KSTP is still getting publicly pounded for #pointergate almost two weeks after the ill-fated segment aired.
Yesterday the Minnesota Chapter of the Society of Professional Journalists (MNSPJ) issued a statement asking KSTP to disavow the story, calling it "fundamentally flawed and based on a faulty premise -- that a silly gesture made by the mayor in a candid photo amounted to a gang sign."
MNSPJ wants what everyone else has asked for since the story aired: For KSTP to admit it was played by the police union, apologize, and allow everyone involved to move on.
"As journalists I think we're all familiar with making mistakes. I don't think any of us can say we've never published a story we're not proud of, what we really want to see is KSTP acknowledge they made a mistake and correct it," said MNSPJ President-elect Jonathan Kealing.
MNSPJ also announced in its statement that it's hosting a public forum to discuss ethical issues raised by #pointergate at 7 p.m. on December 11 at the University of Minnesota's Cowles Auditorium. KSTP has been invited to the forum but has not yet responded to the invitation.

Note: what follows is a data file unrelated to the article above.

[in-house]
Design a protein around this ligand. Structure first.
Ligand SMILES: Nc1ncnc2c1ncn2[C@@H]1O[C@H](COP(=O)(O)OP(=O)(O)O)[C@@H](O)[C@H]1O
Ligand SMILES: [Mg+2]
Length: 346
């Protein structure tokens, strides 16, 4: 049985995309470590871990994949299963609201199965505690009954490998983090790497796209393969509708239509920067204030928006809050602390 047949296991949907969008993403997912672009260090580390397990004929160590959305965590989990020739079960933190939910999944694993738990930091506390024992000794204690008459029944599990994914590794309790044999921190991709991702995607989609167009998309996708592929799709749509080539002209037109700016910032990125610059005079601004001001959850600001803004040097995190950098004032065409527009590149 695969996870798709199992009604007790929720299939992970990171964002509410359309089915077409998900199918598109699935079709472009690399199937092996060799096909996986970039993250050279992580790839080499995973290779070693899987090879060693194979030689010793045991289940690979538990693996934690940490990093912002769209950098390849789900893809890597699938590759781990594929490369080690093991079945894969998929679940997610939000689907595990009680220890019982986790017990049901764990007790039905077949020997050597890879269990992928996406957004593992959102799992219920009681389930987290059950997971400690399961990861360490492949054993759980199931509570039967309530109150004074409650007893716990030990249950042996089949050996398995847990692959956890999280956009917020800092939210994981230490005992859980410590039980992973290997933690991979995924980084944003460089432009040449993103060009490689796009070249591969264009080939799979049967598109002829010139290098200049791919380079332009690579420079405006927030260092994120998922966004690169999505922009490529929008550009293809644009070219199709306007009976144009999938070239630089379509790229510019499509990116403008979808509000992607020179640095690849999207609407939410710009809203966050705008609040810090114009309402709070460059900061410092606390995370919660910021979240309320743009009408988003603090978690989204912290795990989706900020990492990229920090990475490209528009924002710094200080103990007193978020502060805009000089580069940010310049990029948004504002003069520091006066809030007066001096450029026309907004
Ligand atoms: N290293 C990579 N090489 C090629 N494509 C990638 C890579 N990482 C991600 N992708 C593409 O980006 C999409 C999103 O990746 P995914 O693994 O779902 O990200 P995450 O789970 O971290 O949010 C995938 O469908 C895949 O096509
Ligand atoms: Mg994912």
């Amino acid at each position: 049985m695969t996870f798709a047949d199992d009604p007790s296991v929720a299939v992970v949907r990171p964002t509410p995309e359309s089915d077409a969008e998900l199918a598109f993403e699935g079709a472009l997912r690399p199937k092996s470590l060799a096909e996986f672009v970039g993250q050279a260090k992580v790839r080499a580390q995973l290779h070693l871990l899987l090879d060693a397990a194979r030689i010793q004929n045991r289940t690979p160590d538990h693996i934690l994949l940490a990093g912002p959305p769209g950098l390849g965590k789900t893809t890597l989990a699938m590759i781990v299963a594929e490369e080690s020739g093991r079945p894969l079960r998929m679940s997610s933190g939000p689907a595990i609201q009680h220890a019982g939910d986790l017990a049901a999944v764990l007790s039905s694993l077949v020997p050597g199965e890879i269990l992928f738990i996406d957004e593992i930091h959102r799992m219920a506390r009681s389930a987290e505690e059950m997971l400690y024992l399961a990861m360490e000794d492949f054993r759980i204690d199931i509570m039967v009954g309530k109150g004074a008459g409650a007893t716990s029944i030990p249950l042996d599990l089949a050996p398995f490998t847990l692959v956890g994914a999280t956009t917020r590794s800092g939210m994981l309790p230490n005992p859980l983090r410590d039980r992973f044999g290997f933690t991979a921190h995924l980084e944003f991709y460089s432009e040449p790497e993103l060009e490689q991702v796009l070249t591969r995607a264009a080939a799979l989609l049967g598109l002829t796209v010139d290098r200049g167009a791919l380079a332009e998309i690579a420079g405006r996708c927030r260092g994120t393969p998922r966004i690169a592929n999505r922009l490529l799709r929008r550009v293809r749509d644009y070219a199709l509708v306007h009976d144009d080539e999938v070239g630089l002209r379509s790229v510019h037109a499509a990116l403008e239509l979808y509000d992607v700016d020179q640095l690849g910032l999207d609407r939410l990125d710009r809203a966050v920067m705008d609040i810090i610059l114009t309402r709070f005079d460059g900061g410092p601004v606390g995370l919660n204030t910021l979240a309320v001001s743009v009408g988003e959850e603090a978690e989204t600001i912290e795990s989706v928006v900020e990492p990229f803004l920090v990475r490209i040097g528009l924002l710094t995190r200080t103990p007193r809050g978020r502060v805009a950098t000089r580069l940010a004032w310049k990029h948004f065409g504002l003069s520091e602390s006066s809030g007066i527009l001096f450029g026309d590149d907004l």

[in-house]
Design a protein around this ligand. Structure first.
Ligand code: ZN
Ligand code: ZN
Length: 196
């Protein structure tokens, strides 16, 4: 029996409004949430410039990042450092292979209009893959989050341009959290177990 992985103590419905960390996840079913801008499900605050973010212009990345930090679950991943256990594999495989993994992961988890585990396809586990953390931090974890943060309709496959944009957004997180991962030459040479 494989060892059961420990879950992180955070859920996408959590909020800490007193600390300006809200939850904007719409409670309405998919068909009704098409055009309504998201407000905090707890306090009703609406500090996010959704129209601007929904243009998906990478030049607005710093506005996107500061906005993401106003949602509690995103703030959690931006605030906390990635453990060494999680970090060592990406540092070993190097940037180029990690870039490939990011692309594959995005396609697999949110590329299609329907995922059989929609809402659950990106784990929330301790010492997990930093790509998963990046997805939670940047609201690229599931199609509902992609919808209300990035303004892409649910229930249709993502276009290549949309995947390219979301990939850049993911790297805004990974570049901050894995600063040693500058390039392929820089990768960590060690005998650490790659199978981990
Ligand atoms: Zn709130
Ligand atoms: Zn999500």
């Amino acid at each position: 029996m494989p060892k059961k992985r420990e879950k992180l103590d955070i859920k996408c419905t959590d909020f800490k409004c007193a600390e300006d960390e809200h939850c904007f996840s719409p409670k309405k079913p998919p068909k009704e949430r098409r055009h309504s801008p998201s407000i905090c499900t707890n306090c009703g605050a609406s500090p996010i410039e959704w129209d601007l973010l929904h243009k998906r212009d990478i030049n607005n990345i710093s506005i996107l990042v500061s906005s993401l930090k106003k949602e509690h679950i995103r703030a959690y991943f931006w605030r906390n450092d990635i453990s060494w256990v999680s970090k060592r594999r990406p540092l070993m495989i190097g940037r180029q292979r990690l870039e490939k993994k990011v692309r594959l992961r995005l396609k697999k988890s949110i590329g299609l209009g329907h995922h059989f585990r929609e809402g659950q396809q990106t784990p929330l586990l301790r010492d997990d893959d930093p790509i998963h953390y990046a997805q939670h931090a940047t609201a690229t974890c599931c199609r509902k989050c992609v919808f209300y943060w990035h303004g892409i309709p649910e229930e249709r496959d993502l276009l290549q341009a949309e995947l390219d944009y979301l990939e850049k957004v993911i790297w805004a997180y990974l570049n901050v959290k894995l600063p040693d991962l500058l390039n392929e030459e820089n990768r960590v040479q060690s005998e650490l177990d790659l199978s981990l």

KSTP repeatedly defended its story over the past two weeks, making it abundantly clear that it will not be apologizing any time soon. It even ran a segment last Thursday smearing Navell Gordon, the man in the infamous photo with Mayor Betsy Hodges, in a futile attempt to justify the story.
"I think stories like this feed into perceptions that journalists can be manipulated or journalists can be used to score political points," said Kealing.
MNSPJ has issued statements in the past criticizing poor local journalism. Most recently it slammed WCCO for its infamous "Duck Dog" story.